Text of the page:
Posts Tagged ‘HWR’

Ideas of March Health Wonk Review

Friday, March 16th, 2018

The March edition of Health Wonk Review is out, and it’s a good one — David Williams has posted the Ideas of March edition of Health Wonk Review.

Health Wonk Review: Ideas of March Edition

We encourage policy wonk fans to take the time to watch the #CareTalk podcast co-hosted by this week’s David Williams (Health Business Group) and John Driscoll (CareCentrix) – among the topics, what the partnership between Amazon, JPMorgan Chase and Berkshire Hathaway will mean for healthcare.

Happy holiday Health Wonk Review

Thursday, December 14th, 2017

Santa reading Health Wonk Review

First, let us go on record for saying that there is no sly political motive to our use of the term “holiday” in the title of this post. Admittedly, we have a bit of a liberal slant, but we have no aversion to using the phrase “Merry Christmas.” But ho, ho, ho, we do have an inordinate fondness for alliteration. Of course, we might have called it the Happy Hanukkah Health Wonk Review instead, but we wanted to encompass Hanukkah, Christmas, Kwanza, New Year’s, and even the dubious Festivus. Whatever your flavor or inclination, we wish you a merry, happy, joyful one. Pentatonix says it better than we ever could, so a bit of a seasonal interlude before we get to this week’s entries.

The Happy Holiday Health Wonk Review

*** First up, at Managed Care Matters, Joe Paduda is never one to shy away from calling it as he sees it and this week his submission takes on the GOP tax bill, which he describes as “a mess, riddled with math errors, contradictory language, and un-implementable directives.” Congressional leaders say they have reached some agreement and will vote before the end of the year, so Joe’s post will give context.

*** Roy Poses proves once again that the devil is in the details and he consistently makes it his blogging business to dig through the details to hold feet to the fire. At Heath Care Renewal, he tracks down more about a barely-reported Pfizer settlement for “alleged” anti-competitive behavior that nearly slipped through the radar. He says that the lack of negative consequences suggests that the impunity of top health care leaders is is worsening. Check out his post One Barely Noticed Settlement by Pfizer Suggests the Futility of Polite Protests about Health Policy.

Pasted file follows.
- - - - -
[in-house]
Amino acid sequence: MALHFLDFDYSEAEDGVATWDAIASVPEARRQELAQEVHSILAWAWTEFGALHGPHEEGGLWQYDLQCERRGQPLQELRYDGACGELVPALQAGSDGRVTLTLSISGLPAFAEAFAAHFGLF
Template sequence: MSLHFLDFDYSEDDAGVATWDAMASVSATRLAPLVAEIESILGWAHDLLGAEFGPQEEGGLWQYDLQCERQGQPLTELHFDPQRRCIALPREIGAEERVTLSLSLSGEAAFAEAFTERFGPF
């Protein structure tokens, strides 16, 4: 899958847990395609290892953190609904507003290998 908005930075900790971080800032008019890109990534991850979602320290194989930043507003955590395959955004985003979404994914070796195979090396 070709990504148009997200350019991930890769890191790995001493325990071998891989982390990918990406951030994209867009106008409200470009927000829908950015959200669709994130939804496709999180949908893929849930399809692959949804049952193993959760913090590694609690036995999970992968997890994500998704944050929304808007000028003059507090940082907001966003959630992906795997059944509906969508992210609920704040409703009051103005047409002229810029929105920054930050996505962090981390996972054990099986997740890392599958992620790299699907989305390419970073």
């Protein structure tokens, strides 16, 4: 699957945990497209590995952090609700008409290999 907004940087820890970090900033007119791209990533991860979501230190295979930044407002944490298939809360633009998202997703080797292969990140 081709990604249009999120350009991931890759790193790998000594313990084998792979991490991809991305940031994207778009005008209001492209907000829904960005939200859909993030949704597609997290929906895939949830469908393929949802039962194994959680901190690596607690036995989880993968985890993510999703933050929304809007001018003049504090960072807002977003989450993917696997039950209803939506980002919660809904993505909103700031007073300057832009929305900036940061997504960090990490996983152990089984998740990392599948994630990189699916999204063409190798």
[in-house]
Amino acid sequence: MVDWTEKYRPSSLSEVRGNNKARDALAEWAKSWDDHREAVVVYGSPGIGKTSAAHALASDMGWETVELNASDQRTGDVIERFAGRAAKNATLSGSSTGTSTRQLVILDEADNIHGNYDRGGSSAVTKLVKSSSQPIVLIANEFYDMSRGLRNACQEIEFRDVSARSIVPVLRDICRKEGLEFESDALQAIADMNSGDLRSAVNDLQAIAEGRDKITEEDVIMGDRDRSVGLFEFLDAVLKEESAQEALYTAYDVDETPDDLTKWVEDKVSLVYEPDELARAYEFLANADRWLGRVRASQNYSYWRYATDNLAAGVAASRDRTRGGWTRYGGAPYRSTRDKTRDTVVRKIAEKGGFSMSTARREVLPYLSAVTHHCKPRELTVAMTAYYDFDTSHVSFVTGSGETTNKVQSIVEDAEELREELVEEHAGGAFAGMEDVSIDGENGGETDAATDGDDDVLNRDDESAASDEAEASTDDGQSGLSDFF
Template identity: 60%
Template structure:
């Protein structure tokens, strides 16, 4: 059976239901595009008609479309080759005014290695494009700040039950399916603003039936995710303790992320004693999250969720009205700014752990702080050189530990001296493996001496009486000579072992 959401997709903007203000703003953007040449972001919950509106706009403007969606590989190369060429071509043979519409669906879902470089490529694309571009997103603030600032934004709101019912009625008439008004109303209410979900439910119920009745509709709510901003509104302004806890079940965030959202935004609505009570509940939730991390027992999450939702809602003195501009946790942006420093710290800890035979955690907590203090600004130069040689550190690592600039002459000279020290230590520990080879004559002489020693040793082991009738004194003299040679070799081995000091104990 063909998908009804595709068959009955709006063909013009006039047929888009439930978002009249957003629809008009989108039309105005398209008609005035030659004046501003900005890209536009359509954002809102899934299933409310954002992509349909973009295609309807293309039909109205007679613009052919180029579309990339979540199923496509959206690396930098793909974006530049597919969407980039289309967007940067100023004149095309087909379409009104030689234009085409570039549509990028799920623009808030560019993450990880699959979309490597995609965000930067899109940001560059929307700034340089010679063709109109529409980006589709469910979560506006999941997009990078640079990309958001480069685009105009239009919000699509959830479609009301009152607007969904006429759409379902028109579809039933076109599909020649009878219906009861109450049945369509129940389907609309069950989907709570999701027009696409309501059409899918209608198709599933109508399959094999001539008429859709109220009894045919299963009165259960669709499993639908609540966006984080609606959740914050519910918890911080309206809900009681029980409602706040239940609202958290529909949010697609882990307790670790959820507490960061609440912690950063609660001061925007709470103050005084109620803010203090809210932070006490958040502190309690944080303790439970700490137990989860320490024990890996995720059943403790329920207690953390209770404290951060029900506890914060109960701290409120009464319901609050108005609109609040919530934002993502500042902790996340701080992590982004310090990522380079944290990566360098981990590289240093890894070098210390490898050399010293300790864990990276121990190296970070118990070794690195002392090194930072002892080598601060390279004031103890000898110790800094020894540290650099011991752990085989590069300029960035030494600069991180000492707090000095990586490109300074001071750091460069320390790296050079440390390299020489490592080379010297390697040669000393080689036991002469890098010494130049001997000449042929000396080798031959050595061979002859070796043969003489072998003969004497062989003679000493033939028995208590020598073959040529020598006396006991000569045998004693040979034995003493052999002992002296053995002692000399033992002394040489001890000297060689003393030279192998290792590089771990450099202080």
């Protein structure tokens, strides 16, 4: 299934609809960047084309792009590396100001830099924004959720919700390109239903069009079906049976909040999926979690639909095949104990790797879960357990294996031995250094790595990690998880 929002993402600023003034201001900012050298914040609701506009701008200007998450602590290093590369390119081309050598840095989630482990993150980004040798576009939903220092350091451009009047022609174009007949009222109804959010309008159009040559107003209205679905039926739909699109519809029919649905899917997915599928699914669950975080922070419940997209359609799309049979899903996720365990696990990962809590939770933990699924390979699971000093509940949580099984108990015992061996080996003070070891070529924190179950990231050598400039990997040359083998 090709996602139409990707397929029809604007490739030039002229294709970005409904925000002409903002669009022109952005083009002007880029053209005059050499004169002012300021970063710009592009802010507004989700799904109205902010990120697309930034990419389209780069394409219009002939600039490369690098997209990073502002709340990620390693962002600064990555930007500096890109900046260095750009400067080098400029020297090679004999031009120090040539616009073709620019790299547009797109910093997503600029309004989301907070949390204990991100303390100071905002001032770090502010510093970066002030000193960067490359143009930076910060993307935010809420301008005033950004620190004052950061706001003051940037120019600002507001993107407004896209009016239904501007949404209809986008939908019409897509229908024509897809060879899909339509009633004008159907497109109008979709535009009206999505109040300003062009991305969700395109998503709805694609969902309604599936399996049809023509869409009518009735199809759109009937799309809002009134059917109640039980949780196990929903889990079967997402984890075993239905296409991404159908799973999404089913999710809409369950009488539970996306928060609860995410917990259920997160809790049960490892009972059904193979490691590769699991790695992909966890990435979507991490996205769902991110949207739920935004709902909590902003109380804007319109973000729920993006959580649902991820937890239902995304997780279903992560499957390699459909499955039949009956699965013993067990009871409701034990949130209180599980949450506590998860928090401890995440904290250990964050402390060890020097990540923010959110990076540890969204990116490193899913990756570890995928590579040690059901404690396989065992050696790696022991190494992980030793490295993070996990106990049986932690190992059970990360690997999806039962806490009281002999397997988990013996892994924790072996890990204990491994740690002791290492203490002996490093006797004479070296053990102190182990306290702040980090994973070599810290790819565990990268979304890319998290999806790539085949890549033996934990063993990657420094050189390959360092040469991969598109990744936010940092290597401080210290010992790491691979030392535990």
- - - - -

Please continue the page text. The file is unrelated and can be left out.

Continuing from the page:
*** How will the CVS purchase of Aetna affect the healthcare landscape? Jason Shafrin aka The Healthcare Economist weighs in with his informed observations.  And another of our regular wonks weighs in on the merger. David Williams of Health Business Blog posts CVS + Aetna. Are we sure this adds up? Despite talksthat this combo will lead to a revolution in care delivery, he remains a skeptic and talks about why.

*** Acknowledging that the individual market for health insurance has become unaffordable for many of the unsubsidized — particularly older would-be enrollees — Andrew Sprung outlines various ways to keep Modified Adjusted Gross Income (MAGI) below the subsidy line. Check out his post Steering clear of the subsidy cliff in the ACA marketplace at xpostfactoid.

***  Vincent Grippi of CareCentrix submitted a fun #CareTalk video podcast, featuring HWR regular David Williams teaming with John Driscoll of CareCentrix. In a point-counterpoint format, they spar about the implications of 2017 elections on healthcare (think Maine), move on to value-based healthcare and they close the 10 minute segment with a lightning round.

*** Brad Flansbaum of The Hospital Leader has an interesting post about Locums vs F/T Hospitalists, posing the question, do temps stack up? He reports on a JAMA study, adding his perspective. Now I must confess that the term “locums” was a new to me, but Brad gives it good context. But if you are curious to the origins, as I was, Wikipedia is your friend.